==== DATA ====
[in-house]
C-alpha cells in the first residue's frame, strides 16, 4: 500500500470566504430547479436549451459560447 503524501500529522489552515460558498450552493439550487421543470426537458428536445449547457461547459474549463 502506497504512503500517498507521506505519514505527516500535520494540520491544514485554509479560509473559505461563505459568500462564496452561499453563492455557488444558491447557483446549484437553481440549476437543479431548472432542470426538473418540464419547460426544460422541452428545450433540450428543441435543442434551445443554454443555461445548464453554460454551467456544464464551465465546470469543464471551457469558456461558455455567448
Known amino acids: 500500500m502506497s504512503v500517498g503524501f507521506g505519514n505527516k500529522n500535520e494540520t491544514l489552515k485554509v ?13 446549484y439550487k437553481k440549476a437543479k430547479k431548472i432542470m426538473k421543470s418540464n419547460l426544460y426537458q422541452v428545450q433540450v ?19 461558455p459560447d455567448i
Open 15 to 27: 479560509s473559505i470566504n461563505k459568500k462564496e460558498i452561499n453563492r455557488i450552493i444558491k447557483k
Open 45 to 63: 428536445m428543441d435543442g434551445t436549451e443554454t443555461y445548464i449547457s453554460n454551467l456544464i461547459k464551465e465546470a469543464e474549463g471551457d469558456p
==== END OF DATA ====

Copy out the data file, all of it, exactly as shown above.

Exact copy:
[in-house]
C-alpha cells in the first residue's frame, strides 16, 4: 500500500470566504430547479436549451459560447 503524501500529522489552515460558498450552493439550487421543470426537458428536445449547457461547459474549463 502506497504512503500517498507521506505519514505527516500535520494540520491544514485554509479560509473559505461563505459568500462564496452561499453563492455557488444558491447557483446549484437553481440549476437543479431548472432542470426538473418540464419547460426544460422541452428545450433540450428543441435543442434551445443554454443555461445548464453554460454551467456544464464551465465546470469543464471551457469558456461558455455567448
Known amino acids: 500500500m502506497s504512503v500517498g503524501f507521506g505519514n505527516k500529522n500535520e494540520t491544514l489552515k485554509v ?13 446549484y439550487k437553481k440549476a437543479k430547479k431548472i432542470m426538473k421543470s418540464n419547460l426544460y426537458q422541452v428545450q433540450v ?19 461558455p459560447d455567448i
Open 15 to 27: 479560509s473559505i470566504n461563505k459568500k462564496e460558498i452561499n453563492r455557488i450552493i444558491k447557483k
Open 45 to 63: 428536445m428543441d435543442g434551445t436549451e443554454t443555461y445548464i449547457s453554460n454551467l456544464i461547459k464551465e465546470a469543464e474549463g471551457d469558456p